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Environment/Sustainable Development - Social Sciences
21.09.2017
The Women's March Mobilised People with Diverse Interests: study
The Women’s March Mobilised People with Diverse Interests: study
People who participated in the Women's March in Washington DC in January 2017 were motivated by a range of diverse issues that cut across race, gender, and sexuality but shared similar educational backgrounds, a new study finds. It was led by researcher Dana R. Fisher, a Professor at the University of Maryland, and currently a visiting guest professor at Lund University in Sweden.
Social Sciences - Medicine/Pharmacology
20.09.2017
Study suggests you can ‘pick up’ a good or bad mood from your friends - but it also suggests that depression doesn’t have the same effect
New research suggests that both good and bad moods can be ‘picked up' from friends, but depression can't. A team led by the University of Warwick has examined whether friends' moods can affect an individual therefore implying that moods may spread across friendship networks. The team analysed data from the National Longitudinal Study of Adolescent to Adult Health which incorporates the moods and friendship networks of US adolescents in schools.
Social Sciences - Sport Sciences
19.09.2017
Winner takes all: Success enhances taste for luxury goods, study suggests
Winner takes all: Success enhances taste for luxury goods, study suggests
Footballers in flashy cars, City workers in Armani suits, reality TV celebrities sipping expensive champagne while sitting in hot tubs: what drives people to purchase luxury goods' New research suggests that it may be a sense of being a 'winner' - but that contrary to expectations, it is not driven by testosterone.
Social Sciences
13.09.2017
Offhand comments can expose underlying racism, UW study finds
Offhand comments can expose underlying racism, UW study finds
Blatant racism is easy to identify - a shouted racial slur, a white supremacist rally, or the open discrimination, segregation and violence of the pre-civil rights era. But more subtle forms of bias, called microaggressions , emerge in the everyday exchanges among friends and strangers alike and can offend racial and ethnic minorities.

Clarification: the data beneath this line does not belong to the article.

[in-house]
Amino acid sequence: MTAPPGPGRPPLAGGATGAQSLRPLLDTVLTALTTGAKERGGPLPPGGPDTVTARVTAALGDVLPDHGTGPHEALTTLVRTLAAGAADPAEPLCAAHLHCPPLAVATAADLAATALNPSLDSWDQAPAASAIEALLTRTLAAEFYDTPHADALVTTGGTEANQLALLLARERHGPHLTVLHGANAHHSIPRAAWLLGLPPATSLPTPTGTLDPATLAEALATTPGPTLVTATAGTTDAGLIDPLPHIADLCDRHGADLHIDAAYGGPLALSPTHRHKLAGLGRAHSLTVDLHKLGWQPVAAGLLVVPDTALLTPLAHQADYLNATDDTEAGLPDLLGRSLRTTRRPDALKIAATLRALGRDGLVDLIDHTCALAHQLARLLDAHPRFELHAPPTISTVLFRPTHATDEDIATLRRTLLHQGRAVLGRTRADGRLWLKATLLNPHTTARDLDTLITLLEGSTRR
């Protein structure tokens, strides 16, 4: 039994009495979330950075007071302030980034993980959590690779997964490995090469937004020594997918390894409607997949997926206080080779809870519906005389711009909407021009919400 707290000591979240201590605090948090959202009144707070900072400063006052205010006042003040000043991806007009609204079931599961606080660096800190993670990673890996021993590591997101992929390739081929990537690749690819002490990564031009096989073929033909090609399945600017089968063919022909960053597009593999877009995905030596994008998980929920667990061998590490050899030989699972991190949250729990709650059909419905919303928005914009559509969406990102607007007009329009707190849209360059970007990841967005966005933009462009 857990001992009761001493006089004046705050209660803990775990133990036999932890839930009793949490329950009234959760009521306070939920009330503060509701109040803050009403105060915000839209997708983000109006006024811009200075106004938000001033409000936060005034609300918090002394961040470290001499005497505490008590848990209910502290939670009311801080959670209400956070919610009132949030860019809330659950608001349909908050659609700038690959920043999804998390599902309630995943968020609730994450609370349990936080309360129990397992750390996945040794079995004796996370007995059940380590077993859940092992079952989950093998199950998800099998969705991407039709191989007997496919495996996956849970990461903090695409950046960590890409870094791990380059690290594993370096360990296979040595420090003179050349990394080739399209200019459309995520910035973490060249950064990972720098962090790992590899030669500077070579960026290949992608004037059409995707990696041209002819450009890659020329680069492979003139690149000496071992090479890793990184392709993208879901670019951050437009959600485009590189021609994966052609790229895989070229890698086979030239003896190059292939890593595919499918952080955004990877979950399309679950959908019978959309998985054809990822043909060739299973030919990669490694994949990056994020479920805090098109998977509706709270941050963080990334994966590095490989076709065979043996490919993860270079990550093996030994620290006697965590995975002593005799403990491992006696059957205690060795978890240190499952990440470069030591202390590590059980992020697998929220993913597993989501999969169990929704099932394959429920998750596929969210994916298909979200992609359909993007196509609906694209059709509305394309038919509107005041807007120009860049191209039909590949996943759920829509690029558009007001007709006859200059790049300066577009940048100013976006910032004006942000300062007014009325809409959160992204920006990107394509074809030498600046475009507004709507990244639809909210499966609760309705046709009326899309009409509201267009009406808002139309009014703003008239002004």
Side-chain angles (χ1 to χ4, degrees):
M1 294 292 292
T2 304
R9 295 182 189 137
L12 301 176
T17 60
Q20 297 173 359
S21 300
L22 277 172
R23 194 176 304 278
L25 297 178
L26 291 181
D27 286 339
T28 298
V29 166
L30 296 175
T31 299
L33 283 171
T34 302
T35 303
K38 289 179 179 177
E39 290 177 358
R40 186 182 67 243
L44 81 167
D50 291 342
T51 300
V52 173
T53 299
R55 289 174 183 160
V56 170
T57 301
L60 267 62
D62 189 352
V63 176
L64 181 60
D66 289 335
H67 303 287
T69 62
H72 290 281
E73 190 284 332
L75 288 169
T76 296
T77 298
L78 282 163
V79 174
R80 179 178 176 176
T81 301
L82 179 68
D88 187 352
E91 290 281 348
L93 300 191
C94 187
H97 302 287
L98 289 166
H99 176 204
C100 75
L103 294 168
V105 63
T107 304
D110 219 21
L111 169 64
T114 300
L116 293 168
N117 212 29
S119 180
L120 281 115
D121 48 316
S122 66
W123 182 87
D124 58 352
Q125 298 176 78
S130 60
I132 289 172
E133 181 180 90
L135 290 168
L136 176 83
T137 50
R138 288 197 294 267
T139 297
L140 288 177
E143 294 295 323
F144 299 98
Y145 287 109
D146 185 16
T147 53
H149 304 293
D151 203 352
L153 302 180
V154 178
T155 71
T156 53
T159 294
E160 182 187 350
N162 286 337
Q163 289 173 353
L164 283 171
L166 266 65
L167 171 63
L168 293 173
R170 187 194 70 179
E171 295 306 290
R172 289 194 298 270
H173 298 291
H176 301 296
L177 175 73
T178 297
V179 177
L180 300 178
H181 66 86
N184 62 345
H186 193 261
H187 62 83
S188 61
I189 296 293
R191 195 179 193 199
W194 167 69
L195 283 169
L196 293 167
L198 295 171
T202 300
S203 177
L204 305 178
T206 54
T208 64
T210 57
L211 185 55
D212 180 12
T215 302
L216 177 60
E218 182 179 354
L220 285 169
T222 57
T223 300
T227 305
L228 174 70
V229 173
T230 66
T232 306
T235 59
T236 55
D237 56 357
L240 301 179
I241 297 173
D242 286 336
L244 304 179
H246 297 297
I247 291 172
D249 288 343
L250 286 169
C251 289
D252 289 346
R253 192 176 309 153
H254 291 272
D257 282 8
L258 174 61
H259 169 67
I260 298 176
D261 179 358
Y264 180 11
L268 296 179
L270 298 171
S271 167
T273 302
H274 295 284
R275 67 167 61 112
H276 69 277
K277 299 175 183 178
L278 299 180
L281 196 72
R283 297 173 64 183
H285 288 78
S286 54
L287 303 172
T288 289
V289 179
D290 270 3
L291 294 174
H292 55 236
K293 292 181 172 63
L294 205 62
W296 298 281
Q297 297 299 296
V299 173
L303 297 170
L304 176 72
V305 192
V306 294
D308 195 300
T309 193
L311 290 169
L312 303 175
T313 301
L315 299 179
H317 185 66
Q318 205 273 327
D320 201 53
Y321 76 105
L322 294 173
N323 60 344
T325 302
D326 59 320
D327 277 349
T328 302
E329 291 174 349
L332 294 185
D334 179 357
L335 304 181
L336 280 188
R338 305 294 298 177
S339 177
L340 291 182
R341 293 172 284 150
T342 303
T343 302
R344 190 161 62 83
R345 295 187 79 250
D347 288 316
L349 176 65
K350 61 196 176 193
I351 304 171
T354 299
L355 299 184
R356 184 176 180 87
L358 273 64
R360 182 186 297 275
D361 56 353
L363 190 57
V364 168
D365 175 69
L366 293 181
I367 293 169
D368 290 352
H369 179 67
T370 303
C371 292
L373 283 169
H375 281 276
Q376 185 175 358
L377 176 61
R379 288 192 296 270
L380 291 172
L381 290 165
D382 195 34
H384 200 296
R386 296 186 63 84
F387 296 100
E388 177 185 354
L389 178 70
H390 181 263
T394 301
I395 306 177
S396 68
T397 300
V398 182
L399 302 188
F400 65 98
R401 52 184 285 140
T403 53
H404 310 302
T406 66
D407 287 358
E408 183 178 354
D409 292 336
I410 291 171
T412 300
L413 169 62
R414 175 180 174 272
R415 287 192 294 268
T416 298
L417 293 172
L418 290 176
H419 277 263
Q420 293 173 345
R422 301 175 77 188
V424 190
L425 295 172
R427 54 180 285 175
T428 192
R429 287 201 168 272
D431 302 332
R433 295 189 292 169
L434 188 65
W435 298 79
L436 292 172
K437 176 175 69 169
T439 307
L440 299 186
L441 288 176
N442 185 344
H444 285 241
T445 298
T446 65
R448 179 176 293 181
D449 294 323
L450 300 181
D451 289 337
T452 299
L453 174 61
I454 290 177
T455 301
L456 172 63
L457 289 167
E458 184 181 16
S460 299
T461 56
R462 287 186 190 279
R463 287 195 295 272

Mathematics - Social Sciences
12.09.2017
Sharp decline in poverty in U.S. despite census report
Contrary to numbers released by the U.S. Census Bureau on Sept. 12, researchers at the University of Chicago Harris School of Public Policy and the University of Notre Dame find that poverty has fallen sharply in the U.S. in recent decades. The U.S. Census Bureau's annual income-based poverty report provides data that inform a range of policies and issues affecting Americans from taxes to immigration to trade policy.
Careers/Employment - Social Sciences
07.09.2017
The 13 factors for a successful career
The 13 factors for a successful career
What determines career success' This question has occupied career research, career counseling, organisations and private persons for decades. With the help of a new questionnaire, Bern researchers from the department of work and organisational psychology have now identified the important resources for a successful career.
Social Sciences
06.09.2017
Couples Weather Bickering With Help from Friends
AUSTIN, Texas - Every couple has conflict, and new research finds that having good friends and family members to turn to alleviates the stress of everyday conflict between partners. In fact, according to the study led by The University of Texas at Austin's Lisa Neff , social networks may help provide protection against health problems brought about by ordinary tension between spouses.
Social Sciences
05.09.2017
Reputation can offset social bias
In a study involving nearly 9,000 Airbnb users, Stanford scholars propose that implementing features that emphasize a user's reputation can offset harmful social bias. The "share economy," where people rent goods and services, including their residences and automobiles, has numerous benefits for people trying to make extra money.
Social Sciences
04.09.2017
The will to fight for and against ISIS
ANN ARBOR-Although Islamic State fighters are often undermanned and undergunned, they prove difficult enemies to fight. Researchers from the University of Michigan and Artis International show that the tenacity of these fighters-and those who oppose them-comes from a willingness to fight and die due to a commitment to sacred values, a readiness to renounce kin for those values, and a belief in the spiritual strength of their own group compared with the enemy.
Social Sciences - Medicine/Pharmacology
31.08.2017
Psychotic experiences flag raised suicide risk
Psychotic experiences flag raised suicide risk
Otherwise healthy people who experience hallucinations or delusions are more likely to have later suicidal thoughts or attempts, an international study has found. The University of Queensland-led research found that having a psychotic experience doubled the risk of suicidal thoughts and behaviours. UQ Queensland Brain Institute researcher Professor John McGrath said children were at even greater risk.
Social Sciences
30.08.2017
Both chimpanzees and humans spontaneously imitate each other's actions